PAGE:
Inslee: No new taxes needed to fund education

OLYMPIA — Democratic gubernatorial candidate Jay Inslee said Friday the state doesn’t need new taxes to fulfill its education funding obligations, even though Gov. Chris Gregoire says new revenue has to be considered.

Inslee said in an interview with The Associated Press that he is focused on raising the state’s revenue by encouraging economic growth.

“That is the driving engine of revenue growth for state government,” Inslee said. “The foundational aspect of education funding for the state is getting 288,000 people back to work.”

Inslee also believes the state can free up more cash for education by making government more efficient and curbing health care costs. He was open to examining the state’s tax deductions, but the Legislature earlier this year repealed a bank tax break that Inslee had cited as the one he wanted to remove.

He said he is proposing no new taxes.

That stance seems to put Inslee at odds with other top Democrats, including Gregoire. She said earlier this month that the state should have pursued more revenue for education funding in response to a recent Supreme Court ruling, arguing that the state has to step up because there isn’t “going to be a rainbow pot of gold” to solve the problem.

In the so-called McCleary decision, the Washington Supreme Court determined in January that the state isn’t meeting its constitutional obligation to amply pay for basic public education.

“We’ve got the roadmap of what to do,” Gregoire said. “We don’t have a dime to pay for it.”

She added: “We need to do something in revenue to put a down payment on McCleary.”

Democratic Rep. Ross Hunter, a top budget writer in the Legislature, said the next budget the state writes will need to find about $1 billion — either in cuts or new revenue. That budget would be signed by the next governor early next year.

The Legislature has created a task force that will examine this year how to properly fund education. Hunter said it’s not clear to him where the state will be able to find $1 billion in cuts, though he didn’t rule it out.

“My personal belief is that it will be very, very hard to do this without additional revenue,” Hunter said.

Inslee’s position on education funding is similar to that of Republican candidate Rob McKenna’s.

Both say they don’t need money for education and want to save money through both efficiencies and health care costs.

McKenna also wants to shrink the state’s workforce through attrition.

Talk to us

More in Local News

An example of the Malicious Women Co. products (left) vs. the Malicious Mermaid's products (right). (U.S. District Court in Florida)
Judge: Cheeky candle copycat must pay Snohomish company over $800K

The owner of the Malicious Women Co. doesn’t expect to receive any money from the Malicious Mermaid, a Florida-based copycat.

A grave marker for Blaze the horse. (Photo provided)
After Darrington woman’s horse died, she didn’t know what to do

Sidney Montooth boarded her horse Blaze. When he died, she was “a wreck” — and at a loss as to what to do with his remains.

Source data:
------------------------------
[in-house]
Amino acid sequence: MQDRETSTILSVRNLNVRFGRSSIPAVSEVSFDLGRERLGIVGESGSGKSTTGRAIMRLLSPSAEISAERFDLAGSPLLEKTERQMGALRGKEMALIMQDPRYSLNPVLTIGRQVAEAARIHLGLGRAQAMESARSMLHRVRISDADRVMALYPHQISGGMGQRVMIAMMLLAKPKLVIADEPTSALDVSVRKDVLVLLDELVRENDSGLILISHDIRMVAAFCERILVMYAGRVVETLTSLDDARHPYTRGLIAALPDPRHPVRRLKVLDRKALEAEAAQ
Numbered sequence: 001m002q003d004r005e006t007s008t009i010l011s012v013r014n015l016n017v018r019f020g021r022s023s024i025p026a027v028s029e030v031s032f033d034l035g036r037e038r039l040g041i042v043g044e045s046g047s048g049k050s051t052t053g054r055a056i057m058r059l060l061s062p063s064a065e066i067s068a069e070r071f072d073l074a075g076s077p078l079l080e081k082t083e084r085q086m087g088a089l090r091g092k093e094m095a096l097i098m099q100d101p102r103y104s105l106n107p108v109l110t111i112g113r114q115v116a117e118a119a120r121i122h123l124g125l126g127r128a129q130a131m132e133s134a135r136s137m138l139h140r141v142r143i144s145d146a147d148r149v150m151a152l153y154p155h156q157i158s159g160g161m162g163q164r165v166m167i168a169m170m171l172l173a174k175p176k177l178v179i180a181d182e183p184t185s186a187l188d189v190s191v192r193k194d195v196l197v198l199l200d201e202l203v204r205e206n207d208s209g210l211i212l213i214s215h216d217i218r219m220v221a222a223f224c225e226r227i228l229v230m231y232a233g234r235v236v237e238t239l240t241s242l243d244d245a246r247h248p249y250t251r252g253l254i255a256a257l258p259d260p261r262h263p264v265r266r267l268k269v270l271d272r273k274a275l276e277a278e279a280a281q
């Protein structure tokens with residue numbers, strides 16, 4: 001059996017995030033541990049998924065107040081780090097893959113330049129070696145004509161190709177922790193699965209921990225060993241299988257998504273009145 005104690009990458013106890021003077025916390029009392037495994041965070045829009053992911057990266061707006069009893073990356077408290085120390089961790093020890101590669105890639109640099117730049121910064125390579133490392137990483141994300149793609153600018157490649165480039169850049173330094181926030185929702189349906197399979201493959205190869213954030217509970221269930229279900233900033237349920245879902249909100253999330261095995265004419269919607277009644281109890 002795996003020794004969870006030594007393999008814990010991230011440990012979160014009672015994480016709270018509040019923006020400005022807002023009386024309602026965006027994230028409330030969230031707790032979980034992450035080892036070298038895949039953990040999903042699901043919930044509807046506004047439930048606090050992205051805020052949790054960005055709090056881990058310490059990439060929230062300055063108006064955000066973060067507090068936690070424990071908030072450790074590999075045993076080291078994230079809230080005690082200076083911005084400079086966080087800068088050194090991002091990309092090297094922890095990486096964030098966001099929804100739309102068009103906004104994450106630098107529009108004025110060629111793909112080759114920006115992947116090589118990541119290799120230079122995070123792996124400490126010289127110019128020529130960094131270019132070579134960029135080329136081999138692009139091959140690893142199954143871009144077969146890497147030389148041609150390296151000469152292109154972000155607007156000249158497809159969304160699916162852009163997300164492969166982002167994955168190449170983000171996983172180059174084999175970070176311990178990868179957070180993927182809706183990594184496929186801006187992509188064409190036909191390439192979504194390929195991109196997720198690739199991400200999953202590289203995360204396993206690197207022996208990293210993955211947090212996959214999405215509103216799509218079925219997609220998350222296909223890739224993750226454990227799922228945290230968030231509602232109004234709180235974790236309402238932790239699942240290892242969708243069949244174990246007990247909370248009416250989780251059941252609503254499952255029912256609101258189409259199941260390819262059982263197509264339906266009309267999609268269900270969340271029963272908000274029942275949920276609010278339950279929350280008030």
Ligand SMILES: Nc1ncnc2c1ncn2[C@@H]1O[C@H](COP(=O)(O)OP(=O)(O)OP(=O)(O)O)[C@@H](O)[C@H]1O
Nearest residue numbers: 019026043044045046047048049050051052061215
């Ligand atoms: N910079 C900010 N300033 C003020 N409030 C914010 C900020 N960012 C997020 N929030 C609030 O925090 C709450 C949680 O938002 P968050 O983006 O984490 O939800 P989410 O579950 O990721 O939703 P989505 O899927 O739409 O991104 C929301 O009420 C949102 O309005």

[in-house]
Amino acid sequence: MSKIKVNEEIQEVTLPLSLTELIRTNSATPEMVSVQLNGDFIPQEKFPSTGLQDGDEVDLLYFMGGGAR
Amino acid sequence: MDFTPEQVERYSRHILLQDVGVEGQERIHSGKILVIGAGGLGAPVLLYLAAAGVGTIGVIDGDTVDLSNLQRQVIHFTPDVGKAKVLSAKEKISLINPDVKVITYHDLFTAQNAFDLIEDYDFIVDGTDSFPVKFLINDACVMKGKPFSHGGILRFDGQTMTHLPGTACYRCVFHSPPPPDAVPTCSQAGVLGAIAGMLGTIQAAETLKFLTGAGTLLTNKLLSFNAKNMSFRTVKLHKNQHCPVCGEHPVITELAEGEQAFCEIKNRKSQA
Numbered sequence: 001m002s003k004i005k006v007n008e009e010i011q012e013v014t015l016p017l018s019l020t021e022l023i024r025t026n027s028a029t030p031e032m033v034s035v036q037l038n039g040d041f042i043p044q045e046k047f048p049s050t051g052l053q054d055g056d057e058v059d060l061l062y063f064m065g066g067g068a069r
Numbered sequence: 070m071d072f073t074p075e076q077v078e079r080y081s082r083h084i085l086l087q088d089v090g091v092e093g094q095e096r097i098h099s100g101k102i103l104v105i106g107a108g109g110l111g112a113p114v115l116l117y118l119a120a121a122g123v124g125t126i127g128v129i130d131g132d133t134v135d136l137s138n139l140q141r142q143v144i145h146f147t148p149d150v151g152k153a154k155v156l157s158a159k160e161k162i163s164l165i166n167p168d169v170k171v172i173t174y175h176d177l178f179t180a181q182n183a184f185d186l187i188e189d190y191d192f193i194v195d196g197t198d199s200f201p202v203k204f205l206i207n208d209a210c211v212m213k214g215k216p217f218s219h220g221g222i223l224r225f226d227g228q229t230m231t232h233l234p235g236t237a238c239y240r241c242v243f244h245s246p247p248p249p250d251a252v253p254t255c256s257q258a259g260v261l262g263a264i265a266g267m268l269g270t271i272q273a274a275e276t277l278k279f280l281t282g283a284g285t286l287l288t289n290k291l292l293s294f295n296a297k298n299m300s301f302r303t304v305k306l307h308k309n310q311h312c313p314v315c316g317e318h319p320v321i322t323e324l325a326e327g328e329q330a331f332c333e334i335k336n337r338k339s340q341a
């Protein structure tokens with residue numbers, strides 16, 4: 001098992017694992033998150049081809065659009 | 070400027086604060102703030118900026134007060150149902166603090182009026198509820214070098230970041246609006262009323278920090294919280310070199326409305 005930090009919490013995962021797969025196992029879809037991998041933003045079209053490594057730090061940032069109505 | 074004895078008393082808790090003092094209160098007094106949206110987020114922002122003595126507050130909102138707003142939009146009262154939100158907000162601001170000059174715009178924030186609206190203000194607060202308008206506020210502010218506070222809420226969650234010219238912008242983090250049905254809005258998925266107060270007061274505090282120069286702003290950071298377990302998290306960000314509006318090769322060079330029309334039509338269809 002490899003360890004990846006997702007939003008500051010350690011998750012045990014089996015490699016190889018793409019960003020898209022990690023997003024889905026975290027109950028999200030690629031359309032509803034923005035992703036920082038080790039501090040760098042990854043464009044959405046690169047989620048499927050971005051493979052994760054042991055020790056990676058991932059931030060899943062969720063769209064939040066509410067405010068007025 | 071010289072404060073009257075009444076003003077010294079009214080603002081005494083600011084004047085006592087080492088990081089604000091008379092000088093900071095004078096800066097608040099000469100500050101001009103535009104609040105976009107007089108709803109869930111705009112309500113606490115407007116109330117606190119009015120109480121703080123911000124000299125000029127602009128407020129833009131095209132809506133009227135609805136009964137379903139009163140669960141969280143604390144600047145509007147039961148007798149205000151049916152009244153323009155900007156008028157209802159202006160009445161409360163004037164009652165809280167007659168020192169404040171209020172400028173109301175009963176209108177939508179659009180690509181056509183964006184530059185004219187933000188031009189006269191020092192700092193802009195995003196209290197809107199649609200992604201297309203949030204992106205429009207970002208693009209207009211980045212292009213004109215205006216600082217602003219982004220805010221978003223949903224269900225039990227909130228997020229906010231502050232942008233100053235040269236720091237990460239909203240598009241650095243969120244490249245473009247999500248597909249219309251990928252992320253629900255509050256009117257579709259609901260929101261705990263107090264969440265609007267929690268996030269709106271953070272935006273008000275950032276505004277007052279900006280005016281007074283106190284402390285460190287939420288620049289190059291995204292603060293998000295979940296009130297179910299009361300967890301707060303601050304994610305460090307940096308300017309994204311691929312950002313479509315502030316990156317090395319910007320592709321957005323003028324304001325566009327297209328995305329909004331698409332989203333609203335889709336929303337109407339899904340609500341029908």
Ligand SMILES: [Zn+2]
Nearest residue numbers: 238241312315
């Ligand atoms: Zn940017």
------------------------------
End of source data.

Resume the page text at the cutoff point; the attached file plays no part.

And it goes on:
A fatal accident the afternoon of Dec. 18 near Clinton ended with one of the cars involved bursting into flames. The driver of the fully engulfed car was outside of the vehicle by the time first responders arrived at the scene. (Whidbey News-Times/Submitted photo)
Driver sentenced in 2021 crash that killed Everett couple

Danielle Cruz, formerly of Lynnwood, gets 17½ years in prison. She was impaired by drugs when she caused the crash that killed Sharon Gamble and Kenneth Weikle.

A person walks out of the Everett Clinic on Thursday, Sept. 7, 2023 in Everett, Washington. (Olivia Vanni / The Herald)
The Everett Clinic changing name to parent company Optum in 2024

The parent company says the name change will not affect quality of care for patients in Snohomish County.

Tirhas Tesfatsion (GoFundMe) 20210727
Lynnwood settles for $1.7 million after 2021 suicide at city jail

Jail staff reportedly committed 16 safety check violations before they found Tirhas Tesfatsion, 47, unresponsive in her cell.

June Robinson
Everett senator will head state Senate’s budget-writing committee

Come 2024, Sen. June Robinson will lead the Ways and Means Committee, giving her power in deciding the state budget.

Everett Mayor Cassie Franklin gives an address to the city council of her proposed 2024 budget at the Everett Police Department North Precinct in Everett, Washington on Wednesday, Sept. 20, 2023. (Annie Barker / The Herald)
Everett mayor presents balanced budget for 2024; future deficit looms

If approved by the City Council, the $438 million budget will fund more police staff, parks and infrastructure.

One of Snohomish County PUD’s new smart readers is installed at a single family home Thursday, Sept. 21, 2023, in Mill Creek, Washington. (Ryan Berry / The Herald)
PUD program seeks to make energy grid smarter for 380K customers

The public utility’s ConnectUp program will update 380,000 electric meters and 23,000 water meters in the next few years.

Everett Police Officer Kevin Davis, left, and Officer Mike Bernardi, right, the walk through downtown Everett on Thursday, Feb. 13, 2020. (Olivia Vanni / The Herald)
Everett police target public drug use, netting 84 arrests since July

A review of dozens of jail booking records showed the vast majority of those defendants usually spent two days or less in jail.

Most Read